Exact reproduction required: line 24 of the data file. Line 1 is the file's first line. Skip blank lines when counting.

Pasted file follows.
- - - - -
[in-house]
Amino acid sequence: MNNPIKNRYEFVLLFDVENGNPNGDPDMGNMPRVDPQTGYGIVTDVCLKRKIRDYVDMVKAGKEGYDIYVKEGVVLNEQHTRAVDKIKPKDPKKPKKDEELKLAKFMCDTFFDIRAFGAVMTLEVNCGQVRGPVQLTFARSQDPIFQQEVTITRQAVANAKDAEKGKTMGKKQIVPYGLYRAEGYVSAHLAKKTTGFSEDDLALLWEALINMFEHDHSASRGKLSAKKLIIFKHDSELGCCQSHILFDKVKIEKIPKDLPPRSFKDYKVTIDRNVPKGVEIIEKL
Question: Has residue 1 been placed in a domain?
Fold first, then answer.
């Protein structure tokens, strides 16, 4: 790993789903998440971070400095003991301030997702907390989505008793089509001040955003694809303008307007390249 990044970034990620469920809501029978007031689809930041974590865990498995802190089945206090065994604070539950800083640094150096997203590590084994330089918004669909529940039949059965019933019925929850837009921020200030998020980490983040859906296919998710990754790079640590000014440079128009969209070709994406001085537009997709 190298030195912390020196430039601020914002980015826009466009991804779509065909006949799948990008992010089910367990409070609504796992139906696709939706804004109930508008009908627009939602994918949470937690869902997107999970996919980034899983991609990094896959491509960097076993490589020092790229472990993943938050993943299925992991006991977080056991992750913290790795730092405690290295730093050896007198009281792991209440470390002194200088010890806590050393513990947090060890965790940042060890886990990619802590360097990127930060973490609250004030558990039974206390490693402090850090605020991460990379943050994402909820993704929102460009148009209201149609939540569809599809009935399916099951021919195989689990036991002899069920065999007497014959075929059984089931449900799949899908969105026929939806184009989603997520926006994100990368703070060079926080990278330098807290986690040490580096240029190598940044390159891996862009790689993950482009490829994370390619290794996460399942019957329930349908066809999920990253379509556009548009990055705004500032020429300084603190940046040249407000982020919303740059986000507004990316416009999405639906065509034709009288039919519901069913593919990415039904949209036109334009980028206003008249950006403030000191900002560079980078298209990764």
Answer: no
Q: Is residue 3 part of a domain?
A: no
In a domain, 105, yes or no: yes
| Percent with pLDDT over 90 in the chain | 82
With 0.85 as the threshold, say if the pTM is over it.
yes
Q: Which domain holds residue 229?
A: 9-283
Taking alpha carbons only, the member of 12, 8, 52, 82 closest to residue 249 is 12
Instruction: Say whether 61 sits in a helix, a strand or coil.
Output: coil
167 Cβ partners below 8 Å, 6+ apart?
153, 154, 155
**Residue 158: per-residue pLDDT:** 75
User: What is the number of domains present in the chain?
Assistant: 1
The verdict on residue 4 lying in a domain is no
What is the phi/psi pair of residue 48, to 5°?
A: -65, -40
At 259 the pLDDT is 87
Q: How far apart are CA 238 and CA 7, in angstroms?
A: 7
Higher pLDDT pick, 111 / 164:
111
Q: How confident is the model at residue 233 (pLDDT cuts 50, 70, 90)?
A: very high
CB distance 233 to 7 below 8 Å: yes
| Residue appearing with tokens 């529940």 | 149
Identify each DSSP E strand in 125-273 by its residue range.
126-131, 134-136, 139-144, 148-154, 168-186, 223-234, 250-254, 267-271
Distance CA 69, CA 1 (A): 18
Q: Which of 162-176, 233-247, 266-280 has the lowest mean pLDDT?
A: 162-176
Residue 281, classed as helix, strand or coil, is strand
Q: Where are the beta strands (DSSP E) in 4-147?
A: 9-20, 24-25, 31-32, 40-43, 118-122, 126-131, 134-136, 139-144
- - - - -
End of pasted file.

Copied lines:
What is the phi/psi pair of residue 48, to 5°?